Clinical Mental Health Counseling
"Our culture has these narratives about what it means to be homeless or how someone becomes homeless. I’m passionate about educating people about the realities and complexities of homelessness."
Helping Homeless Women Find Their Voice
Jaime Cara radiates passion for helping women find their voices, particularly homeless women, who are often marginalized and invisible. As coordinator of the Women’s Education Program (WEP) at Antioch University Seattle, Cara actively works to help women who have experience with homelessness share their stories.
“All too often women who are homeless or have experienced homelessness struggle to find their voice or have their stories heard,” Cara says. “And by working with this group over the past couple of years, I’ve seen the positive impact feeling seen and heard has on the women that come to the WEP.”
Cara, who is also a student in Antioch’s Clinical Mental Health Counseling program, believes she is doing the work she was called to do. Although she knew from the time she was a child that she wanted to become a therapist, she didn’t know how that would take form until she came to Antioch for her bachelor’s in Liberal Studies.
As a BA student, Cara became involved with the Women’s Education Program when she took it as a class. The program provides an opportunity for students and the women who attend to build community through a weekly breakfast, discussion and writing group as well as time in the art studio together. Through this experience, Cara discovered her interest in homelessness advocacy, sparking a passion for the work that continues to drive her.
“I want to be an advocate and an instrument to help those who have experience with homelessness find their voice and share their experience in a way that brings awareness and destigmatizes what it means to be homeless,” Cara says. She acknowledges that she had preconceived notions about homelessness before she participated in the Women’s Education Program. The experience stripped her of those biases as she realized that they were based on false assumptions she had been socialized to believe.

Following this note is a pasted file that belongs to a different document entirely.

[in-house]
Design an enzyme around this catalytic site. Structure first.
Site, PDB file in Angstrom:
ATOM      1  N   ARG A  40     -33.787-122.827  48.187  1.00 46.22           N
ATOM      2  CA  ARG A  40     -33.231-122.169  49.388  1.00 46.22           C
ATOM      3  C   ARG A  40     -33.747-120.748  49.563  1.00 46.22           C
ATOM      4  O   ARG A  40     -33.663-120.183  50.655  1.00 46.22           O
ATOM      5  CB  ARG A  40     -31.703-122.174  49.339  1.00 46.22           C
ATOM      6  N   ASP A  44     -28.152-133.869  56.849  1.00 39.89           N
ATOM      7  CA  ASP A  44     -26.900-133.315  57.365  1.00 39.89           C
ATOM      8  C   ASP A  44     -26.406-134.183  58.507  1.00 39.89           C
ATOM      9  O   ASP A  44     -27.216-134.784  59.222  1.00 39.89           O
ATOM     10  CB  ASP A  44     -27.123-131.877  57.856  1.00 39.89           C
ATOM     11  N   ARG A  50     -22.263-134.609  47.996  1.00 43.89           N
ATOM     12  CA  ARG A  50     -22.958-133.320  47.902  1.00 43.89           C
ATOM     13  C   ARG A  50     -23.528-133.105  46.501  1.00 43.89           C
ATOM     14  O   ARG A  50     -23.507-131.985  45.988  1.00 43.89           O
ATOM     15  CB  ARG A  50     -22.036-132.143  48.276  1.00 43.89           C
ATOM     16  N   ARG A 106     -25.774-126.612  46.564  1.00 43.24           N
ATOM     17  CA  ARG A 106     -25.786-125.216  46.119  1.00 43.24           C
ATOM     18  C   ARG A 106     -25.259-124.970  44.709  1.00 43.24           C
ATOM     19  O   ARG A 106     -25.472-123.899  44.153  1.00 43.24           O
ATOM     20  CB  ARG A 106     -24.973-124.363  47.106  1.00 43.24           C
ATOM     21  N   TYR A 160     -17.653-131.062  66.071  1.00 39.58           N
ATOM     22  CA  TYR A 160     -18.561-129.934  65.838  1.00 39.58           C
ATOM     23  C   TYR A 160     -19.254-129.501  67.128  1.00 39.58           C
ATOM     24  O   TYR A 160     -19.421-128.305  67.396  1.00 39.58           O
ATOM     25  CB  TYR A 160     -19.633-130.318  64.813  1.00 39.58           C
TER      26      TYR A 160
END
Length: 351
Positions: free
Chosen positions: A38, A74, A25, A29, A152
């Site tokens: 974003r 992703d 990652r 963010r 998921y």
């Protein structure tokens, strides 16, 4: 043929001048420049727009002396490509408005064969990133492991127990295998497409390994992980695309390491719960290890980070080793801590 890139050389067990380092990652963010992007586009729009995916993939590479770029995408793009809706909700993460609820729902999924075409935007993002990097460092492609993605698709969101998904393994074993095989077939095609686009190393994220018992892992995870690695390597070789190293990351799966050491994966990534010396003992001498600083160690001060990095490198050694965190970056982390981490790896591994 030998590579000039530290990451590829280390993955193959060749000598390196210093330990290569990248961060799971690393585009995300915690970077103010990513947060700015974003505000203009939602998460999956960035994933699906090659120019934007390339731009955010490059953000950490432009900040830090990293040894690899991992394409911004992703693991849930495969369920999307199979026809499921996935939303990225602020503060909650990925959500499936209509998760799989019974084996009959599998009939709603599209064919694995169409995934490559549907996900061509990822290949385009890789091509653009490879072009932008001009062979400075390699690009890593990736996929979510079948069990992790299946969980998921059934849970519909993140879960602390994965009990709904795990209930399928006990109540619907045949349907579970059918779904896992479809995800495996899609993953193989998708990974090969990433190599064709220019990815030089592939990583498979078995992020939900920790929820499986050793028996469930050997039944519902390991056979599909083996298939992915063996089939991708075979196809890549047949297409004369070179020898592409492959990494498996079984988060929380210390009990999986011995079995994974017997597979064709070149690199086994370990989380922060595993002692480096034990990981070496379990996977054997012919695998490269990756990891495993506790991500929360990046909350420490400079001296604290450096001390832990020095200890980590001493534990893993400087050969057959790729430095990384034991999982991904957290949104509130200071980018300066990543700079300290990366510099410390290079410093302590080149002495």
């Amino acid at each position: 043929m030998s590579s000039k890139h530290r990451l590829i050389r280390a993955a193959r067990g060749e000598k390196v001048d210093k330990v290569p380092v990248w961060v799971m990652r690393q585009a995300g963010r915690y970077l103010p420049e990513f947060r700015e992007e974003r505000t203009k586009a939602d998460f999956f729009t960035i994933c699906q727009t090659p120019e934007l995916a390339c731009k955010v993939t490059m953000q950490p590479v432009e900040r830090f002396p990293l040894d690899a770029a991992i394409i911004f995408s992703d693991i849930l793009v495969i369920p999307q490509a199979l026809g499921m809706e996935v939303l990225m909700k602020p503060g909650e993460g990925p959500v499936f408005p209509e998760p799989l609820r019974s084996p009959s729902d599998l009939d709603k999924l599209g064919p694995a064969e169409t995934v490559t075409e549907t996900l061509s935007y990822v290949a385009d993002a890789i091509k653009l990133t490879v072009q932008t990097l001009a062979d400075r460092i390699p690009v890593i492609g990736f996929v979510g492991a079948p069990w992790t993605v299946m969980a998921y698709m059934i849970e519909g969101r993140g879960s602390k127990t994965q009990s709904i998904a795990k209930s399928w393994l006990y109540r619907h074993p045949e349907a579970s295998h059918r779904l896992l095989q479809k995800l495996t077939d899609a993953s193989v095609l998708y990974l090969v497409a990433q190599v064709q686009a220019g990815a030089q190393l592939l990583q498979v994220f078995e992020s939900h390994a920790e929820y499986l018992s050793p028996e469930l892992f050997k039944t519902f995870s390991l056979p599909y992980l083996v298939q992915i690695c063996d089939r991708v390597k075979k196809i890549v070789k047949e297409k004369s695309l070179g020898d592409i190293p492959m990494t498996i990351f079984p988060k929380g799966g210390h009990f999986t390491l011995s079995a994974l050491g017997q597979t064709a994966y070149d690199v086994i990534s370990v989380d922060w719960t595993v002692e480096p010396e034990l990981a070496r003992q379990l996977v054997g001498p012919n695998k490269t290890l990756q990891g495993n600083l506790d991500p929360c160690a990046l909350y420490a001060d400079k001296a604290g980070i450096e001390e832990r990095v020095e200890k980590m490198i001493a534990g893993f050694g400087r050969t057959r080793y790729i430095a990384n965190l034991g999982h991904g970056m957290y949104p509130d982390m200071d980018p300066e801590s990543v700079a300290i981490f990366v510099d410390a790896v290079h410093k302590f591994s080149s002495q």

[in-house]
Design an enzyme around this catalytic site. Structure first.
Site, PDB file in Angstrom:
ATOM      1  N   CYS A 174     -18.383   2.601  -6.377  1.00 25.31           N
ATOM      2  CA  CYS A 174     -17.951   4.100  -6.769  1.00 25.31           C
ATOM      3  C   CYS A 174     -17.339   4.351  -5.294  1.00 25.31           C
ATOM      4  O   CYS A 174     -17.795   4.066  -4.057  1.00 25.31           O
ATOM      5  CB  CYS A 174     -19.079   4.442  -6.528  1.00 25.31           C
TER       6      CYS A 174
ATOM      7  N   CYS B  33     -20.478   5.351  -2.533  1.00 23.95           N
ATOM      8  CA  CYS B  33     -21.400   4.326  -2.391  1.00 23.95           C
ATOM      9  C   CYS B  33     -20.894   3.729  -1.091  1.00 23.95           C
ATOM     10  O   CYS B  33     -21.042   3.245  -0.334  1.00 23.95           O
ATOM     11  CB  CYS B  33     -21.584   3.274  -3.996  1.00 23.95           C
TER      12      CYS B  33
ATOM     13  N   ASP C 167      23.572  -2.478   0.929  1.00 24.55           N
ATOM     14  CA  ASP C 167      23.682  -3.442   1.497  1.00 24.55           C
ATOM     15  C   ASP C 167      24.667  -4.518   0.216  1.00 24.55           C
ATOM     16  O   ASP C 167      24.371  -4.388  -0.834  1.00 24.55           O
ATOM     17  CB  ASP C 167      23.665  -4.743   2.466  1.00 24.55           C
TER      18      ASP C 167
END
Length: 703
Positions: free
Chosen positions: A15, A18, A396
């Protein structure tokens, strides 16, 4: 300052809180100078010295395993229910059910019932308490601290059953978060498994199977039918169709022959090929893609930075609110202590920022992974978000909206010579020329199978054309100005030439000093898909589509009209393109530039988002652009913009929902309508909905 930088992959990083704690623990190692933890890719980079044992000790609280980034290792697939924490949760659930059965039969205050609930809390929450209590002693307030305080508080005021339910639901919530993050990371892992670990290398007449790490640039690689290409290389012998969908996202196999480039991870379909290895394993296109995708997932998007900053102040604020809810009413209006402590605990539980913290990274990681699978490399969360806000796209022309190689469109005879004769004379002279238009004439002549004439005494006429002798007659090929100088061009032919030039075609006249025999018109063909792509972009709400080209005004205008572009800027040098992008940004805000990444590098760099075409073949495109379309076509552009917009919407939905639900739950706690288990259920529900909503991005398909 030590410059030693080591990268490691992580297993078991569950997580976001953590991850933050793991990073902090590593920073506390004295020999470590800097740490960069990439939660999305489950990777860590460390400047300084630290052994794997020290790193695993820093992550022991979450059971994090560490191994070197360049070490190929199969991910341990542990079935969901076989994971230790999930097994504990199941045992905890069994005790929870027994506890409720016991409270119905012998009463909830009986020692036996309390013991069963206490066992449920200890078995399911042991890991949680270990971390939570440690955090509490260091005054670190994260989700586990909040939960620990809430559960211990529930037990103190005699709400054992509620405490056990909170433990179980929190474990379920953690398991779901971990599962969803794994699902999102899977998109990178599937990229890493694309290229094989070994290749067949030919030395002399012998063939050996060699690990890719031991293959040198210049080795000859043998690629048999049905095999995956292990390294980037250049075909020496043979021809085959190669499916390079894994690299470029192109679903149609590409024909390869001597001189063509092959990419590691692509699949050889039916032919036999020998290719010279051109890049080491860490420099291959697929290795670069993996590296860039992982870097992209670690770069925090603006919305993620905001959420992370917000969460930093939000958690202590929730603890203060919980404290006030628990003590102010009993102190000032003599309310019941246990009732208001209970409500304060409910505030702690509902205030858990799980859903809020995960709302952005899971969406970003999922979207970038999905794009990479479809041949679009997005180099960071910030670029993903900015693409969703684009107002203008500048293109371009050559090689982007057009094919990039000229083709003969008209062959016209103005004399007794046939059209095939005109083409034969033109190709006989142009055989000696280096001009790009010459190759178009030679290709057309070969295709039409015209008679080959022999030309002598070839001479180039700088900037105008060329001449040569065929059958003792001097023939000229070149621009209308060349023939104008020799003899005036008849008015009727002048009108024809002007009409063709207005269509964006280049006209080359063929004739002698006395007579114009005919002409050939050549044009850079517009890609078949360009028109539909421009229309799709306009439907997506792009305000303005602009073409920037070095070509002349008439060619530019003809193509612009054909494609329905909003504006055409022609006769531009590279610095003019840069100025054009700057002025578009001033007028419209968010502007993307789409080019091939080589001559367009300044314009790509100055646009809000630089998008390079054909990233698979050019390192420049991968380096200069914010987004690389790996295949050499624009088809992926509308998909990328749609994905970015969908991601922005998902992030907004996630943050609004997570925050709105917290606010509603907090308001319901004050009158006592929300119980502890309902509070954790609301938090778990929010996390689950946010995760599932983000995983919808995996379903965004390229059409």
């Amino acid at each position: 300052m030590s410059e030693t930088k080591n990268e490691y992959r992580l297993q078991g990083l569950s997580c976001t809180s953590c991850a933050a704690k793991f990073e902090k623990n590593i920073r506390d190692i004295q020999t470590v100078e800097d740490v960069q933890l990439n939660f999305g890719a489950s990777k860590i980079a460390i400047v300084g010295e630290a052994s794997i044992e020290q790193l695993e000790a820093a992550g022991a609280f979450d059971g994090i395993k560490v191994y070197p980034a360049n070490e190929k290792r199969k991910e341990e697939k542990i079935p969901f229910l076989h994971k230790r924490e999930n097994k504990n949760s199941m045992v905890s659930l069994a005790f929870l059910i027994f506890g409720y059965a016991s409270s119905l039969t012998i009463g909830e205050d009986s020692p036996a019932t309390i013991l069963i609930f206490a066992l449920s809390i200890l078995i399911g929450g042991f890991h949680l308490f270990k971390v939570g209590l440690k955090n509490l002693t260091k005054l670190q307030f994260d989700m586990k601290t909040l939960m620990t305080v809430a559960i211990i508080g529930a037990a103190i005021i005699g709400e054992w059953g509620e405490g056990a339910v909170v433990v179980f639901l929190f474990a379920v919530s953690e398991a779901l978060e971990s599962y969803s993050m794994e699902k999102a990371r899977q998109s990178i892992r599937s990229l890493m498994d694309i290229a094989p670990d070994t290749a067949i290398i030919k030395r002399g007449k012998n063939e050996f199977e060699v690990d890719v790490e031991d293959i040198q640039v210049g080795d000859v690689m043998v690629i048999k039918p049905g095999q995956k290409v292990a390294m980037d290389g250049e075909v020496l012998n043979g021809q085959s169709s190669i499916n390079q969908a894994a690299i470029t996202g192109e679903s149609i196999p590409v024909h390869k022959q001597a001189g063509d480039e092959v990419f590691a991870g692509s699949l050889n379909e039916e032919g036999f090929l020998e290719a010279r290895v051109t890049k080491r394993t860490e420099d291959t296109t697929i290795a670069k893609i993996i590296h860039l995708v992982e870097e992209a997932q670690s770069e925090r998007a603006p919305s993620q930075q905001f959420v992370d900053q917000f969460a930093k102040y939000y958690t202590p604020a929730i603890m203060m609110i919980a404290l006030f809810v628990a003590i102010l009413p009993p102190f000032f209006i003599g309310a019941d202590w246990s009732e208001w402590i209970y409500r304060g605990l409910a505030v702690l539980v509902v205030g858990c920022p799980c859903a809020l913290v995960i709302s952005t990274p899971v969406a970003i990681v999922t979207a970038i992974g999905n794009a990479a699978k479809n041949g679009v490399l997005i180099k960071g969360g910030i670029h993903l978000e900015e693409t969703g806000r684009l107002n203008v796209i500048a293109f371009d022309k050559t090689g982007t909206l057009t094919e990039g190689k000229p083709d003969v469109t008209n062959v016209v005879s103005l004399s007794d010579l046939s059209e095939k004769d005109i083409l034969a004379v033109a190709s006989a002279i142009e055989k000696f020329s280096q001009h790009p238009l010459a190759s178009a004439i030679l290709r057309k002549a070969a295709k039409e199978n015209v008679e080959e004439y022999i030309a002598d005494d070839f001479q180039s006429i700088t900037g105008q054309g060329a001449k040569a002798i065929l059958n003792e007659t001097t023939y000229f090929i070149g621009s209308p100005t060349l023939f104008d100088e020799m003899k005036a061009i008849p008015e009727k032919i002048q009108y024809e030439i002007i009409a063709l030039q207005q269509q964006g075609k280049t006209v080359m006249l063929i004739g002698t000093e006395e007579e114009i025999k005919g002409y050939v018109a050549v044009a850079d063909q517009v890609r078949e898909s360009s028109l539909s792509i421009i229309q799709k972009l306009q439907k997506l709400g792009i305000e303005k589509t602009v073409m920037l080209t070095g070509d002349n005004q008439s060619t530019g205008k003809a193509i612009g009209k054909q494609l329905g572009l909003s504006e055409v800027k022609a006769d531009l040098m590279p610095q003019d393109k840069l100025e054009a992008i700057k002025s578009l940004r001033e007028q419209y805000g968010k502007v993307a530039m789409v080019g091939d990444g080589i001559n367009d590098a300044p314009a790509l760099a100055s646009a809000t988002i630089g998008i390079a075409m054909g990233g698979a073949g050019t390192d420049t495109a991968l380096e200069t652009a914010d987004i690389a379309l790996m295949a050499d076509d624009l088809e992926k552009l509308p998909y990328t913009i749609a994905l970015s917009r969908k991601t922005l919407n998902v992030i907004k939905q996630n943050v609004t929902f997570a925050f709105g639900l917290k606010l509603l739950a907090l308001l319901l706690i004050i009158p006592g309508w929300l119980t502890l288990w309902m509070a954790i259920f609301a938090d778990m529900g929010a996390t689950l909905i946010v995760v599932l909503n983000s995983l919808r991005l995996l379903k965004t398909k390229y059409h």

“Everyone has a story,” Cara says. “Our culture has these narratives about what it means to be homeless or how someone becomes homeless. I’m passionate about educating people about the realities and complexities of homelessness.”
Cara credits her time as a student in the BA program with helping her cultivate her social justice lens and find her voice. “I never knew how to assert my beliefs or use my voice and that’s what Antioch gave me. I feel more grounded and confident in myself and empowered to help others, “Cara reflects.
Now, in her role as Women’s Education Program coordinator, Cara pays it forward by helping the women she works with to feel empowered in their own lives. For example, she shares mindfulness tools with them to assist them when they are in triggering situations. “The women get excited about these tools and knowledge,” Cara says. “These are some of the moments that reinforce for me that this is what I want to do.”
Being involved with the program has also given Cara an opportunity to build valuable skills that will benefit her as she moves forward in her counseling career.
“Being a part of the Women’s Education Program has provided me space to build my leadership skills and put into action ideas for the program in a very experiential way,” she says. “I have a strong interest in the nonprofit sector and I feel more prepared and qualified to work in the field because of my time with the Women’s Education Program.”